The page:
Electronic drum sets can open up a whole new world of sonic and creative possibilities for musicians, but they also bring new headaches and technical issues that are not associated with acoustic drums. Troubleshooting an electronic drum set involves checking many connections and solving problems that are unique to electronic drums. The new problems that can arise when setting up electronic drums can be frustrating at first for even the most seasoned acoustic drummers.
Things You'll Need:
- Electronic Drum Set
- Product Manual
Check all connections. Unlike acoustic drums, digital electronic drum sets must always be connected to a sound module. Check to ensure that the wire connecting each drum pad is securely plugged into both the drum pad and the sound module. If a connection is loose, the pad will not sound.
Ensure that all drum pads are connected to the appropriate inputs. Each drum pad must be connected to the correct input on the sound module. For instance, if the floor tom is accidentally plugged into the snare input or vice versa, you will hear the wrong sound when the pad is struck. If the pad is plugged into an input that has not been assigned a sound, the pad will make no sound at all.
Adjust the crosstalk. Crosstalk is an issue that is unique to electronic drum sets and can be confusing to those who only have played acoustic drums. Crosstalk occurs when the vibrations from one drum pad inadvertently cause another pad to sound. This can be very aggravating. You'll need to lower the crosstalk setting on the pad that is causing the problem. Make the crosstalk setting more aggressive (i.e., higher) on any drum pads that are being unintentionally triggered by the vibrations of other pads.
Check MIDI connections. Another common problem with electronic drum sets occurs when MIDI is implemented. Whether you are connecting a third party sound module or using a sequencer, ensure that the MIDI function on the drum set is enabled. Sometimes MIDI is off by default on new sound modules. Also, check that the MIDI channel that is sending the electronic drum set data is the same channel that is set to receive MIDI data on the sound module or sequencer.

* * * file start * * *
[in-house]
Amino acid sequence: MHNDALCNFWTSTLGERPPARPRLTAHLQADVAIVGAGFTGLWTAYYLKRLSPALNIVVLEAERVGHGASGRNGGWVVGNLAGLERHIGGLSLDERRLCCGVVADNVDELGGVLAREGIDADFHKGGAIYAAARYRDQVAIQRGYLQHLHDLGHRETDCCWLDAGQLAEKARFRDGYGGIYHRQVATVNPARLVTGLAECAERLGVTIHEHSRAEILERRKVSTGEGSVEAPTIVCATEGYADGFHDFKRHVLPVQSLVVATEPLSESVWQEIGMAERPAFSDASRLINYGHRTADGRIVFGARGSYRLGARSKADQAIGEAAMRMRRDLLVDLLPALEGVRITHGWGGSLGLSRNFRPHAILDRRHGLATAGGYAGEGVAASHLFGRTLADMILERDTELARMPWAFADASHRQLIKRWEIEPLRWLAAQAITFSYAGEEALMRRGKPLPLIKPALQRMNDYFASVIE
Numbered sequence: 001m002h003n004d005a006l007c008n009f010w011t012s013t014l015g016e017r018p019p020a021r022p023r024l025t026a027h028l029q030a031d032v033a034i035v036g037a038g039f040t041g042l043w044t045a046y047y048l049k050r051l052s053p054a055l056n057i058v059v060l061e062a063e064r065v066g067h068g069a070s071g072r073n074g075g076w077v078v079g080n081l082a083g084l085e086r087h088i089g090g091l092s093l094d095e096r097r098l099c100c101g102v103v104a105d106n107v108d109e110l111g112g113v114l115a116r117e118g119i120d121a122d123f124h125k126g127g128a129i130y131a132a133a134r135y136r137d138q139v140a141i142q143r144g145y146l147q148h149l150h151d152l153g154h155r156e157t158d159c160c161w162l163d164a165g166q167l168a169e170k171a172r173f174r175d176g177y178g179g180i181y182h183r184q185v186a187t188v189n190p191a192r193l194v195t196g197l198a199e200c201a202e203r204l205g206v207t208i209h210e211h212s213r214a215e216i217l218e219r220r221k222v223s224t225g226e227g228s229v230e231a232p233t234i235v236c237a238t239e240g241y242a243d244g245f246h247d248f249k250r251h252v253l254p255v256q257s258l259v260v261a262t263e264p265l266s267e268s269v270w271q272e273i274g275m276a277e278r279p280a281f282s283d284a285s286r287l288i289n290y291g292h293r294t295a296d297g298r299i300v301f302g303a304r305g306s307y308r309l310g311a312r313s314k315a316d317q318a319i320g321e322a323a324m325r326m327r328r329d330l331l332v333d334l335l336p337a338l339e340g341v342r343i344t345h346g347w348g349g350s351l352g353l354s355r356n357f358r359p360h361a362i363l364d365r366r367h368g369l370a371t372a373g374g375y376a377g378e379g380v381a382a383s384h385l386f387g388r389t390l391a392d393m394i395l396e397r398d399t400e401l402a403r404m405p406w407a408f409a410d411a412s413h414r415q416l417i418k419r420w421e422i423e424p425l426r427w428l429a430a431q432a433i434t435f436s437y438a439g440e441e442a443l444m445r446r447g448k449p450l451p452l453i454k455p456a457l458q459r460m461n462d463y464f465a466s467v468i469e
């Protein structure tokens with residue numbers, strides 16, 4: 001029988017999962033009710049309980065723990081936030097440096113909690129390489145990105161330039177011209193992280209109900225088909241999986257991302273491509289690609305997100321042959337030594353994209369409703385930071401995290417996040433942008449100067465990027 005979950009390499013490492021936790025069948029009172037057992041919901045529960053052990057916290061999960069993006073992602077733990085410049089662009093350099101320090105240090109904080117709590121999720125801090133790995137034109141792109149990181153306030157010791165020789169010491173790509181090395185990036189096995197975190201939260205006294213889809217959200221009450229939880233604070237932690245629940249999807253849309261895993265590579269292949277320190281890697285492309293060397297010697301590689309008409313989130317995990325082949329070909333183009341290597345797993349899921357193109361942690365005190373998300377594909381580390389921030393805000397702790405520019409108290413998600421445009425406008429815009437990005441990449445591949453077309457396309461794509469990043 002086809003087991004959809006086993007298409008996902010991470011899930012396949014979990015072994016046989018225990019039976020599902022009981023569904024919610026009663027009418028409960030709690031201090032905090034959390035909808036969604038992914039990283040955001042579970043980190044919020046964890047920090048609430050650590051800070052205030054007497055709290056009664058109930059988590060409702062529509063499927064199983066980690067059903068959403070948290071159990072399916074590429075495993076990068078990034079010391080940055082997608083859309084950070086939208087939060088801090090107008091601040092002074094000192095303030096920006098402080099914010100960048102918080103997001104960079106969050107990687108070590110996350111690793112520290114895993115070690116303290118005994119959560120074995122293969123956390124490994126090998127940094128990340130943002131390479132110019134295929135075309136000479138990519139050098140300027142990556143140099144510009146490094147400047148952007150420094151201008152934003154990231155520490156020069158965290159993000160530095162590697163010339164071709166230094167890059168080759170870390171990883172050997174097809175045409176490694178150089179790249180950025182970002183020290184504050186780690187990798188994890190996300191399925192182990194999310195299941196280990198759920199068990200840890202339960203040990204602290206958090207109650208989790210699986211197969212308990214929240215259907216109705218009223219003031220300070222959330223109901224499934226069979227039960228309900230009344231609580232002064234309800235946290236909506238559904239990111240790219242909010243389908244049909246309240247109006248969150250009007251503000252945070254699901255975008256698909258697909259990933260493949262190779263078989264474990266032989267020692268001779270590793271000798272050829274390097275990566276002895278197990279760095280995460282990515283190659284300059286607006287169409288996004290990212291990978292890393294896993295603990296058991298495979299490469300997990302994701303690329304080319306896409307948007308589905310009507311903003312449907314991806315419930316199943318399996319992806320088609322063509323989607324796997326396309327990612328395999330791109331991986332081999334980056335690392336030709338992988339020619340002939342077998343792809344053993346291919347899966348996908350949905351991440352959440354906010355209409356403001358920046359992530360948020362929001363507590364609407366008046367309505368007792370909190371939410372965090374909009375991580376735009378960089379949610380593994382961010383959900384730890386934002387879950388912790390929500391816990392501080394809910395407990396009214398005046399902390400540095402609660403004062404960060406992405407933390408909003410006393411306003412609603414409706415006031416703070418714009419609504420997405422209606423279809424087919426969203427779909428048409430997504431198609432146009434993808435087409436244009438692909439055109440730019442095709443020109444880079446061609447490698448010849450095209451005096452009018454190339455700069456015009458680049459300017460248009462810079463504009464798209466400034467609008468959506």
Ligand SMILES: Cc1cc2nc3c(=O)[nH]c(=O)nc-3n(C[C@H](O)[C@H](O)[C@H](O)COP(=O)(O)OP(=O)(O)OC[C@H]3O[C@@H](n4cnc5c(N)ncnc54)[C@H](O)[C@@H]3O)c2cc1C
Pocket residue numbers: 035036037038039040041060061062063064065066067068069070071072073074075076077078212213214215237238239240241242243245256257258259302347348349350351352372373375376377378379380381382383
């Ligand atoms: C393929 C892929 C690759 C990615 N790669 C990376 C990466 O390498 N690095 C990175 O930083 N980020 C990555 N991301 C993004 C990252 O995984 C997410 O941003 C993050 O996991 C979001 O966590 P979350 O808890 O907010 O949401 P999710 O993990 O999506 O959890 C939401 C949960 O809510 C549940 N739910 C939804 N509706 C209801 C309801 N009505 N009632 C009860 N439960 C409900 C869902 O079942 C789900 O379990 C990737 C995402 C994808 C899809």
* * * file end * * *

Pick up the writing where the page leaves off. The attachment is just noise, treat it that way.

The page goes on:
Do not step on the high-hat pedal or strike a pad while powering on the set. This is a common problem. If a multi-function trigger like a high-hat is held down during power up, the trigger may not function properly.
Ensure that multi-function drum pads have two or more sounds programmed. Some drum pads are capable of two different sounds depending on where the pad is struck. A multi-function snare drum pad may be able to trigger a standard snare sound as well as a rim shot sound. Make sure that a different sound is programmed inside the sound module for each part of the drum pad, otherwise you may hear the same sound regardless of where the pad is struck.
Remember that you can always go back to the "factory defaults" to reset the sounds and settings on your electronic drum kit's sound module to undo any changes you have made. Knowing this makes it less intimidating to experiment with the features and settings on a new kit. Refer to your user manual, as the process for restoring factory default settings is different with each model.
Lars Tramilton has been writing professionally since 2007. His work has appeared in a variety of online publications, including CareerWorkstation. Tramilton received a bachelor's degree with a focus on elementary education from Kean University.